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Passengers & Crew of United Flight 93 - September 11, 2001


The 40 Heroes of Flight 93

Forty ordinary people came together on September 11, 2001 for a cross-country flight from New Jersey to San Francisco on United Airlines Flight 93. Yet, when their plane was hijacked and turned around near Cleveland, OH, on a course for Washington D.C. and the U.S. Capitol, these 40 ordinary people showed extraordinary courage and selflessness. It can't have been easy talking to their loved ones on the phone, learning that other planes had been hijacked that morning and crashed into the Twin Towers and the Pentagon. Yet instead of giving up, these 40 people -- 33 passengers and 7 crew -- came together as one to lead the charge in the war against terrorism.

We'll never know for sure what happened when the passengers attempted to overpower the terrorists and storm the cockpit, but we do know the plane never made it to its intended target. Flight 93 crashed just after 10:00 a.m. on September 11, 2001, in a rural western Pennsylvania field, just outside of the tiny town of Shanksville. All 40 aboard died, but hundreds and possibly thousands of American lives were saved thanks to the heroes of Flight 93.

At a commemoration ceremony in Shanksville on the 1-year anniversary of September 11, Homeland Security Director Tom Ridge, who was the governor of Pennsylvania at the time of the crash, hailed the passengers and crew of Flight 93 as "citizen soldiers" and heroes for their actions to prevent the aircraft from hitting its intended target. "In a field in rural Pennsylvania, right prevailed over wrong and hope was born again."

The 40 Heroes of Flight 93 - Passengers & Crew

Christian Adams - The 37-year-old husband and father from Biebelsheim, Rheinland-Pfalz, Germany, was flying to San Francisco for a wine-tasting event as part of his job as director of export for German Wine Institute. Christian Adams left behind a wife, Silke; son, Lukas; and daughter, Theresa.

Lorraine G. Bay, Crew - a 37-year United veteran and senior flight attendant of Flight 93, Lorraine Bay, 58, from East Windsor, N.J. had chosen Flight 93 over another flight because it was nonstop. Lorraine Bay left behind her husband, Erich, and no children.

Todd Beamer - An account manager for Oracle Corporation, this 32-year old father of two was traveling to Redwood Shores, California for a business meeting, and planned to return home on a red-eye flight that night. Todd Beamer left behind his wife, Lisa, and two young sons - David and Drew. Lisa was pregnant with their third child - daughter Morgan - on September 11, 2001. Famous for his "Let's roll" statement made to the passengers as they prepared to try and overpower the hijackers of Flight 93.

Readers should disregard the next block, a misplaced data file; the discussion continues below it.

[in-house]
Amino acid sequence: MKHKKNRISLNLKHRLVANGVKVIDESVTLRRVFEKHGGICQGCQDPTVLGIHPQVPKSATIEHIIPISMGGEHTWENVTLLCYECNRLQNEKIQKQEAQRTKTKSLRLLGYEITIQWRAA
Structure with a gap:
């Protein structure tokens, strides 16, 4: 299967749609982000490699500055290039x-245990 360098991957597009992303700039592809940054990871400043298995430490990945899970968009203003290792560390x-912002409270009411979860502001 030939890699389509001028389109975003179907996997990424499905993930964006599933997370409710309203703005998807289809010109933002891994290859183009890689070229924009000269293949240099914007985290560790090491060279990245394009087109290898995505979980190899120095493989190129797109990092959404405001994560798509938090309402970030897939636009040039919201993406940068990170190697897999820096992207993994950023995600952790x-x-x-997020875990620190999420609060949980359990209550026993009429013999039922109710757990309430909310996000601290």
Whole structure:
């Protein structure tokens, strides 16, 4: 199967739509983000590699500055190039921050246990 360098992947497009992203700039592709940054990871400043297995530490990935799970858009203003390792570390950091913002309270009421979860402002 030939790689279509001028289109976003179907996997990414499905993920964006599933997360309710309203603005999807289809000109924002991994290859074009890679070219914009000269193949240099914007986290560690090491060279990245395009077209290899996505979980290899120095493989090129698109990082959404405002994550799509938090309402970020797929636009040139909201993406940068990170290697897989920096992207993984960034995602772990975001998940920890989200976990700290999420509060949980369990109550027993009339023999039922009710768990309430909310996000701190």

Heroic Choices - Originally the Todd M. Beamer Foundation

Alan Beaven - Alan, a environmental lawyer from Oakland, California, was headed to San Francisco to try a case before leaving on a planned year-long sabbatical to do volunteer work for the SYDA Foundation in Bombay, India. Originally born in New Zealand, Alan Beaven left behind his wife, Kimi; daughter, Sonali; and two sons from a previous marriage, Chris and John.

Mark Bingham - The world-traveling, fun-loving owner of The Bingham Group in San Francisco, California, was heading home after a weekend in New York City on Flight 93. The 31-year-old Mark Bingham left behind his mother, Alice Hoglan, father, Jerry Bingham, and step-mother, Karen Bingham.

Deora Bodley - A junior at Santa Clara University, in San Diego, California, 20-year-old Doera Bodley was returning home from a visit with friends in New Jersey and Connecticut. Deora left behind her mother, Deborah Borza; father, Derrill Bodley; and a half-sister, Murial.

Sandra W. Bradshaw, Crew - A flight attendant on United Airlines Flight 93, Sandy Bradshaw, 38, lived in Greensboro, North Carolina, with her husband, Phil; daughter, Alexandria; son, Nathan; and stepdaughter, Shenan.

Marion Britton - Headed to San Francisco for a computer operations conference with fellow Flight 93 passenger, Waleska Martinez, 53-year-old Marion Britton was an assistant regional director for the U.S. Census Bureau in New York City. She lived in Brooklyn, N.Y. and left behind a brother, Paul, and half-brother, John.

Thomas E. Burnett, Jr. - The 38-year-old family man from San Ramon, California was senior vice president and COO of medical devices company, Thoratec Corporation. Tom Burnett was a passenger on Flight 93, heading home from a business meeting in New Jersey and a weekend in Minnesota and Wisconsin. He left behind his wife, Deena, and three young daughters, Madison, Halley, and Anna Clare.

William Cashman - This fun-loving Ironworker was headed out west, for a hiking trip in Yosemite National Park with his old friend, Patrick Driscoll. William Cashman, age 60, left behind his wife, Margaret, in West New York, N.J.

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